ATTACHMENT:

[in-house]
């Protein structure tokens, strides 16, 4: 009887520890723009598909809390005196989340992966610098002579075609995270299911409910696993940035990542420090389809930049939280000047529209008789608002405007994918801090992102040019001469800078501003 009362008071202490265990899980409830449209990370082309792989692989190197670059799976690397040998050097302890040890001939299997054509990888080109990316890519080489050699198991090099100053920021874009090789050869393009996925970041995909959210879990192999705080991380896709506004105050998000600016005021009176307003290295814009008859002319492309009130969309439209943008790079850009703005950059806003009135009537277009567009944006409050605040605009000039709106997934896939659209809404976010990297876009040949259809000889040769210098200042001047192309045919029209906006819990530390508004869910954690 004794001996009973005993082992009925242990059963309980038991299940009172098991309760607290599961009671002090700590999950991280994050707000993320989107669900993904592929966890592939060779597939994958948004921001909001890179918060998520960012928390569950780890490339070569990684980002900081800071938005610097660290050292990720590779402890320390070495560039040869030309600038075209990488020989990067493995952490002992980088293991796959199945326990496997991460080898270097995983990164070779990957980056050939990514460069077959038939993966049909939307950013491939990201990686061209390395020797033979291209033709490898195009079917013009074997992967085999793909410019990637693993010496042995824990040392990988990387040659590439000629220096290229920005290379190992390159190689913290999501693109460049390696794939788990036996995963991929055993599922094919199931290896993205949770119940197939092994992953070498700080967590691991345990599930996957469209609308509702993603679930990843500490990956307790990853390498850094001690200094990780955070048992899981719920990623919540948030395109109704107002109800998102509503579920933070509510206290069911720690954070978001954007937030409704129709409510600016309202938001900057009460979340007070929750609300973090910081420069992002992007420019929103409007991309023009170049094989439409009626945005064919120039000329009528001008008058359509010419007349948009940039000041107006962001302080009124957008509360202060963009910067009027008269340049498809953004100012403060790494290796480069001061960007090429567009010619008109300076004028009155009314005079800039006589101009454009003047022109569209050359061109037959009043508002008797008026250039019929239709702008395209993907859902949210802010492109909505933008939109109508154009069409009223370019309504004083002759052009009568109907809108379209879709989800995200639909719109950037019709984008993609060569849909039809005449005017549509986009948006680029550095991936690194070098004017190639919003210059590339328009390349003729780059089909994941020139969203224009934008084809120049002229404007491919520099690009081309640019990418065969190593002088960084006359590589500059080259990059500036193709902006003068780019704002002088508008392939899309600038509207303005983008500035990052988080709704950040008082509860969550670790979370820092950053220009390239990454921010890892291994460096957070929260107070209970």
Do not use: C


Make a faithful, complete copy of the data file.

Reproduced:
[in-house]
């Protein structure tokens, strides 16, 4: 009887520890723009598909809390005196989340992966610098002579075609995270299911409910696993940035990542420090389809930049939280000047529209008789608002405007994918801090992102040019001469800078501003 009362008071202490265990899980409830449209990370082309792989692989190197670059799976690397040998050097302890040890001939299997054509990888080109990316890519080489050699198991090099100053920021874009090789050869393009996925970041995909959210879990192999705080991380896709506004105050998000600016005021009176307003290295814009008859002319492309009130969309439209943008790079850009703005950059806003009135009537277009567009944006409050605040605009000039709106997934896939659209809404976010990297876009040949259809000889040769210098200042001047192309045919029209906006819990530390508004869910954690 004794001996009973005993082992009925242990059963309980038991299940009172098991309760607290599961009671002090700590999950991280994050707000993320989107669900993904592929966890592939060779597939994958948004921001909001890179918060998520960012928390569950780890490339070569990684980002900081800071938005610097660290050292990720590779402890320390070495560039040869030309600038075209990488020989990067493995952490002992980088293991796959199945326990496997991460080898270097995983990164070779990957980056050939990514460069077959038939993966049909939307950013491939990201990686061209390395020797033979291209033709490898195009079917013009074997992967085999793909410019990637693993010496042995824990040392990988990387040659590439000629220096290229920005290379190992390159190689913290999501693109460049390696794939788990036996995963991929055993599922094919199931290896993205949770119940197939092994992953070498700080967590691991345990599930996957469209609308509702993603679930990843500490990956307790990853390498850094001690200094990780955070048992899981719920990623919540948030395109109704107002109800998102509503579920933070509510206290069911720690954070978001954007937030409704129709409510600016309202938001900057009460979340007070929750609300973090910081420069992002992007420019929103409007991309023009170049094989439409009626945005064919120039000329009528001008008058359509010419007349948009940039000041107006962001302080009124957008509360202060963009910067009027008269340049498809953004100012403060790494290796480069001061960007090429567009010619008109300076004028009155009314005079800039006589101009454009003047022109569209050359061109037959009043508002008797008026250039019929239709702008395209993907859902949210802010492109909505933008939109109508154009069409009223370019309504004083002759052009009568109907809108379209879709989800995200639909719109950037019709984008993609060569849909039809005449005017549509986009948006680029550095991936690194070098004017190639919003210059590339328009390349003729780059089909994941020139969203224009934008084809120049002229404007491919520099690009081309640019990418065969190593002088960084006359590589500059080259990059500036193709902006003068780019704002002088508008392939899309600038509207303005983008500035990052988080709704950040008082509860969550670790979370820092950053220009390239990454921010890892291994460096957070929260107070209970």
Do not use: C